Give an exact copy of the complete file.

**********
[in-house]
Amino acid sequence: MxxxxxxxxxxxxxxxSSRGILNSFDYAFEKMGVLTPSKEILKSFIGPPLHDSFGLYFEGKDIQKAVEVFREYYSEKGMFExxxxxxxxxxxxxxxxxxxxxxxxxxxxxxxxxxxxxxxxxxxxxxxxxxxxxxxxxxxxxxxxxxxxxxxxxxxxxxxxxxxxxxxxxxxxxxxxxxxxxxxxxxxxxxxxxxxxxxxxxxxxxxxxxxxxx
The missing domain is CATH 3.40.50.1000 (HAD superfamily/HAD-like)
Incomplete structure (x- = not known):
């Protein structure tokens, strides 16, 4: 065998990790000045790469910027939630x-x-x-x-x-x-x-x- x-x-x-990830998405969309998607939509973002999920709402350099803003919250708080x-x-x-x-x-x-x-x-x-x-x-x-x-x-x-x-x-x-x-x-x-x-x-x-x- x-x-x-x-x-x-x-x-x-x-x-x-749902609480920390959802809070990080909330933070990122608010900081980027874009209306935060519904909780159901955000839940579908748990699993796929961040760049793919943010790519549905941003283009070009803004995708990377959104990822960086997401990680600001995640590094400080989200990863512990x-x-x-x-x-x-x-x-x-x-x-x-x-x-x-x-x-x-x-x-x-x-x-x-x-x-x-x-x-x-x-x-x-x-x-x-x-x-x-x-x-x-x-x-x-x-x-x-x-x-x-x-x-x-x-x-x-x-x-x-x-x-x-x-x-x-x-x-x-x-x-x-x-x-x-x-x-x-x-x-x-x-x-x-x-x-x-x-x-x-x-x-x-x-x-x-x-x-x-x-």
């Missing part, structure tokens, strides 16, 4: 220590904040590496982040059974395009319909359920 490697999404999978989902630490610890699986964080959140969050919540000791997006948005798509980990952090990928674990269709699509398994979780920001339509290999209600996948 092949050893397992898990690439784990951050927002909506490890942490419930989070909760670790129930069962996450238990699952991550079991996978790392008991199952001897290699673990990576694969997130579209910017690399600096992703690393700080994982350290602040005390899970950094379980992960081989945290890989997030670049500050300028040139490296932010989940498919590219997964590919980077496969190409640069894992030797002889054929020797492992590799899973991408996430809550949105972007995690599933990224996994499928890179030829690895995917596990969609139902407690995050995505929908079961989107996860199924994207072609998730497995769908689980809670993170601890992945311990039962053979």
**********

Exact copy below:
[in-house]
Amino acid sequence: MxxxxxxxxxxxxxxxSSRGILNSFDYAFEKMGVLTPSKEILKSFIGPPLHDSFGLYFEGKDIQKAVEVFREYYSEKGMFExxxxxxxxxxxxxxxxxxxxxxxxxxxxxxxxxxxxxxxxxxxxxxxxxxxxxxxxxxxxxxxxxxxxxxxxxxxxxxxxxxxxxxxxxxxxxxxxxxxxxxxxxxxxxxxxxxxxxxxxxxxxxxxxxxxxx
The missing domain is CATH 3.40.50.1000 (HAD superfamily/HAD-like)
Incomplete structure (x- = not known):
């Protein structure tokens, strides 16, 4: 065998990790000045790469910027939630x-x-x-x-x-x-x-x- x-x-x-990830998405969309998607939509973002999920709402350099803003919250708080x-x-x-x-x-x-x-x-x-x-x-x-x-x-x-x-x-x-x-x-x-x-x-x-x- x-x-x-x-x-x-x-x-x-x-x-x-749902609480920390959802809070990080909330933070990122608010900081980027874009209306935060519904909780159901955000839940579908748990699993796929961040760049793919943010790519549905941003283009070009803004995708990377959104990822960086997401990680600001995640590094400080989200990863512990x-x-x-x-x-x-x-x-x-x-x-x-x-x-x-x-x-x-x-x-x-x-x-x-x-x-x-x-x-x-x-x-x-x-x-x-x-x-x-x-x-x-x-x-x-x-x-x-x-x-x-x-x-x-x-x-x-x-x-x-x-x-x-x-x-x-x-x-x-x-x-x-x-x-x-x-x-x-x-x-x-x-x-x-x-x-x-x-x-x-x-x-x-x-x-x-x-x-x-x-």
């Missing part, structure tokens, strides 16, 4: 220590904040590496982040059974395009319909359920 490697999404999978989902630490610890699986964080959140969050919540000791997006948005798509980990952090990928674990269709699509398994979780920001339509290999209600996948 092949050893397992898990690439784990951050927002909506490890942490419930989070909760670790129930069962996450238990699952991550079991996978790392008991199952001897290699673990990576694969997130579209910017690399600096992703690393700080994982350290602040005390899970950094379980992960081989945290890989997030670049500050300028040139490296932010989940498919590219997964590919980077496969190409640069894992030797002889054929020797492992590799899973991408996430809550949105972007995690599933990224996994499928890179030829690895995917596990969609139902407690995050995505929908079961989107996860199924994207072609998730497995769908689980809670993170601890992945311990039962053979």